Uganda's military says investigating army captain for graft
- Donald Trump Sworn in as 45th U.S. President
- U.S. stocks pare gains after Trump's inaugural speech
- Walgreens Boots Alliance (WBA) Said to Face Antitrust Concern for Rite Aid (RAD) Fix - Bloomberg
- Bristol-Myers Squibb (BMY) Says It Won't Pursue Accelerated U.S. Regulatory Pathway for Opdivo Plus Yervoy in Lung Cancer
- Herbalife (HLF) Says SEC Requested Documents on Anti-Corruption Compliance in China; Reviewed with DoJ
Get instant alerts when news breaks on your stocks. Claim your 2-week free trial to StreetInsider Premium here.
By Elias Biryabarema
KAMPALA (Reuters) - Uganda's military said on Wednesday it was investigating an army officer who is an aide to President Yoweri Museveni's brother on charges that he was involved in securing a payment worth 500,000 euros from a foreign firm using a fake procurement contract.
Businesses often complain about corruption in Uganda as a hindrance to doing business, while the opposition says graft also pervades the army. The government has vowed to crack down on corruption but top officials are rarely convicted.
Military spokesman Paddy Ankuda told a news conference that Captain Ronald Mutebi Muhoozi, an aide to Museveni's brother Salim Saleh, had been detained alongside a civilian suspect for questioning over a corruption case.
Salim is a retired senior officer who has an unofficial role as an adviser to President Museveni, who came to power in 1986 after leading a rebel group.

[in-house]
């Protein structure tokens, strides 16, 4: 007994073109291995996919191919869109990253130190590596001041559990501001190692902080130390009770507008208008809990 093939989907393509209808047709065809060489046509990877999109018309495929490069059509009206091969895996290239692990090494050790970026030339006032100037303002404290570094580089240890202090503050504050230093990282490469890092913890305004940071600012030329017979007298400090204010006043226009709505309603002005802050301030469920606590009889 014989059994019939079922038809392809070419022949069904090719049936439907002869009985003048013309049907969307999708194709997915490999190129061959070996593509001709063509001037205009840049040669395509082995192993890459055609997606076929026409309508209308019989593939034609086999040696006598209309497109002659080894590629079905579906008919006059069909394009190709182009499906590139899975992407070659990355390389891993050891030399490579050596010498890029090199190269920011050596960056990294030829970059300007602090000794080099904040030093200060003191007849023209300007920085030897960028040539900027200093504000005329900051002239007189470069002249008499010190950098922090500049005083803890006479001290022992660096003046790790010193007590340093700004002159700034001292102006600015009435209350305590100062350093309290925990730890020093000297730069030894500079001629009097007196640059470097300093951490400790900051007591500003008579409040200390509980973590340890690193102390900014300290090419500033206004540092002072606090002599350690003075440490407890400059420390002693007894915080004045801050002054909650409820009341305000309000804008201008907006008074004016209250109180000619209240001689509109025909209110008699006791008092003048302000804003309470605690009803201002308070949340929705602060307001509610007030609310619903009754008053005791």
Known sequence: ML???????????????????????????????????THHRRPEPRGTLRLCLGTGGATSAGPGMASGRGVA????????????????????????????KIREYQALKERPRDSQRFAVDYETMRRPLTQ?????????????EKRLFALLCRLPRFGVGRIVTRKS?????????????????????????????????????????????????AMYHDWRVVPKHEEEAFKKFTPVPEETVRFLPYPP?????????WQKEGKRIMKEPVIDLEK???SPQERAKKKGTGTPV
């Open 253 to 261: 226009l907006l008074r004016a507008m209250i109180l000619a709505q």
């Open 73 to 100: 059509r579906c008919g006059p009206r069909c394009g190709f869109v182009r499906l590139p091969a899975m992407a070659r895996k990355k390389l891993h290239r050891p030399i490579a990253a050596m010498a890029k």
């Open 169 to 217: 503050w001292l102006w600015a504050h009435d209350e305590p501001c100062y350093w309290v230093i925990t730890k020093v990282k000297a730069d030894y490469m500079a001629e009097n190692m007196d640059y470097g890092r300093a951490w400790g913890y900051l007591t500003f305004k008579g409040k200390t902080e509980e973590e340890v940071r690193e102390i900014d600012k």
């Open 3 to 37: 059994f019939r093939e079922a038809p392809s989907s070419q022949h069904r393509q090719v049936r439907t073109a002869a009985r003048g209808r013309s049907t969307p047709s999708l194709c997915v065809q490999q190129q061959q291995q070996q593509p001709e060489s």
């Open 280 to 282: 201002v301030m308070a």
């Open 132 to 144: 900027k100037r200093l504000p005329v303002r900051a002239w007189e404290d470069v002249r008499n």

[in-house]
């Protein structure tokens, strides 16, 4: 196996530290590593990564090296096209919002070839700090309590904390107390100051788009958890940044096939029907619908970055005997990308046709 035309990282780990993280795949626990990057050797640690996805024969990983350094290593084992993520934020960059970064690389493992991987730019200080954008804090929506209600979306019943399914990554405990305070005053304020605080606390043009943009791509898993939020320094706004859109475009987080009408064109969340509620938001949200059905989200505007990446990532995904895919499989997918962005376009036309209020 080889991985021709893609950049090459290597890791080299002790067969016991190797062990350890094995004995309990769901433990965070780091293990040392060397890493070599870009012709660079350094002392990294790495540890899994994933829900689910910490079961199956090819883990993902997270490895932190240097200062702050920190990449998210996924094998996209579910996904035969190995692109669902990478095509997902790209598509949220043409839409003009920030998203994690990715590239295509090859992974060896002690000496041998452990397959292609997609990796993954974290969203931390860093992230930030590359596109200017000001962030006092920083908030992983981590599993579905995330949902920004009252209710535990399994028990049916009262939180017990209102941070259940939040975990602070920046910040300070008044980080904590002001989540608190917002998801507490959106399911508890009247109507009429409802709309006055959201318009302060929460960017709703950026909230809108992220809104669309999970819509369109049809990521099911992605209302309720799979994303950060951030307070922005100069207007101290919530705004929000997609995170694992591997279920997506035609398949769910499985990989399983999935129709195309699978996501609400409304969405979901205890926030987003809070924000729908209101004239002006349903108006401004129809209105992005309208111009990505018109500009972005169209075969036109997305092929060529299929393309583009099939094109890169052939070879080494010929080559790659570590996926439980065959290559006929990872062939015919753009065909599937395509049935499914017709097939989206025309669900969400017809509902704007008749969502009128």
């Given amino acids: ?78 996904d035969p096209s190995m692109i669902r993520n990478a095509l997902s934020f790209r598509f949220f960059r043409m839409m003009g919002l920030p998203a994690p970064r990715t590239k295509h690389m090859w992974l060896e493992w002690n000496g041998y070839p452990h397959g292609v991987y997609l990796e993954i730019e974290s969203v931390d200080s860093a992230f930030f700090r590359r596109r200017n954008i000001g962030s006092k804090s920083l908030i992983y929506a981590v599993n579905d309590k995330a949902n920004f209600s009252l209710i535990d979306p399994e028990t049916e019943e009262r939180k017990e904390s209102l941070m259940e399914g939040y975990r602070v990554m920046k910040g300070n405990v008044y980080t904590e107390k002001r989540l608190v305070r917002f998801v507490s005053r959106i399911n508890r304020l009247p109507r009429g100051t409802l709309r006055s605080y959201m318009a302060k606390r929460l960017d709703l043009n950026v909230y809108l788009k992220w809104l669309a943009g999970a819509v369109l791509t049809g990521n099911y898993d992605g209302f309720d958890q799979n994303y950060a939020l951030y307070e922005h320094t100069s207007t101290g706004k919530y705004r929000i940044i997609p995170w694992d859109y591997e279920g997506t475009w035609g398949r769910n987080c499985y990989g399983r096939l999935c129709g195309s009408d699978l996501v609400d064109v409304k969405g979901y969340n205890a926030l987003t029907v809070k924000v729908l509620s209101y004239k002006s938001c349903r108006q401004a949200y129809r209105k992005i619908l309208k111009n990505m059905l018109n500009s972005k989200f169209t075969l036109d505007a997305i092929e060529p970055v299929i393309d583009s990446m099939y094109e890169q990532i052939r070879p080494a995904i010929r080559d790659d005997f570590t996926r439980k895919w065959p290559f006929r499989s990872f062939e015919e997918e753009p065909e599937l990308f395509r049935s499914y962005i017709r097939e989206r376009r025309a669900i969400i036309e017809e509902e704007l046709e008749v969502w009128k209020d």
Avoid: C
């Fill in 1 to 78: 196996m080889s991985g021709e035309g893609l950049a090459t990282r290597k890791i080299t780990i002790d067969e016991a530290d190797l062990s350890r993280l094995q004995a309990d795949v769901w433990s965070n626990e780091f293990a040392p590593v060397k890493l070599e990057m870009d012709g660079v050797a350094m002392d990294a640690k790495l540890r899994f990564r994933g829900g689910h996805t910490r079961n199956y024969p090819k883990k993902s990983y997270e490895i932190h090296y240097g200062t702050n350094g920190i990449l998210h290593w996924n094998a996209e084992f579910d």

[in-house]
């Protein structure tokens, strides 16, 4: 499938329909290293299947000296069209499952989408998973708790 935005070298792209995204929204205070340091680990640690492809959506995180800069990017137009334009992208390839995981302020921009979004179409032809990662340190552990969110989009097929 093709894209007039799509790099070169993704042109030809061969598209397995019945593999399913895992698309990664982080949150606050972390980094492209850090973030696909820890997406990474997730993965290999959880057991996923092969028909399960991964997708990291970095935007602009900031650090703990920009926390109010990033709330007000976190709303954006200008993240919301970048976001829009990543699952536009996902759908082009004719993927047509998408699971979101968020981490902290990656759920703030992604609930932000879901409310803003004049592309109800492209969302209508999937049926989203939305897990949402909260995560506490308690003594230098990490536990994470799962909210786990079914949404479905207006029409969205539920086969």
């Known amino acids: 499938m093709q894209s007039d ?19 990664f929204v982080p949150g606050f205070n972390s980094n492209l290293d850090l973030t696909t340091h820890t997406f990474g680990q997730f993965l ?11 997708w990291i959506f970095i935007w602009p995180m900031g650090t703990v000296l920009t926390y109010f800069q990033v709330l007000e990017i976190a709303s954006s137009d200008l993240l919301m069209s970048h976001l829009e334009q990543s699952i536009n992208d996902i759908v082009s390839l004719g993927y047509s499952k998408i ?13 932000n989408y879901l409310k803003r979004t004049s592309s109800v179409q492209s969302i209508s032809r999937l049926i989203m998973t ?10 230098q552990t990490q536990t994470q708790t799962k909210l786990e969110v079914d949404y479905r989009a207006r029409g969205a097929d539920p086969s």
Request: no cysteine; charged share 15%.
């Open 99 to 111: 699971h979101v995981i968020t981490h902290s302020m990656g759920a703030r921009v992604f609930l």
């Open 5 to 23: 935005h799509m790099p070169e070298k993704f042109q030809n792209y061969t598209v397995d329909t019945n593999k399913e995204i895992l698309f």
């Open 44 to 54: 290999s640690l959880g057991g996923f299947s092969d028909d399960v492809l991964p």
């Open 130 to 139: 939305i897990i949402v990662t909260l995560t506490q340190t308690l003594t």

Lawyers for Muhoozi and his civilian accomplice, named as Sam Ssimbwa, could not immediately be reached for comment.
Ankunda said last year that the army captain and his civilian accomplice had colluded with others and posed as Defence Ministry representatives over a fake deal to procure body armor and armored vehicles.
As part of the deal, the foreign firm was asked to pay an estimated 500,000 euros to "help in the processing of documentation," Ankunda said, adding the Ugandans behind the contract disappeared after that sum was paid.
Ankunda said the purported procurement was "pure fraud" and that the military had never issued such a tender. "We're interested in finding out who pocketed this money," he said.
(Reporting by Elias Biryabarema; Editing by Edmund Blair)
Serious News for Serious Traders! Try StreetInsider.com Premium Free!
You May Also Be Interested In
- Trump to develop missile defense system against Iran, North Korea: White House
- Greek central bank posts 1.09 billion euro 2016 profit
- Tourists' luxury spending up in December for first time since February: study
Create E-mail Alert Related CategoriesReuters
Sign up for StreetInsider Free!
Receive full access to all new and archived articles, unlimited portfolio tracking, e-mail alerts, custom newswires and RSS feeds - and more!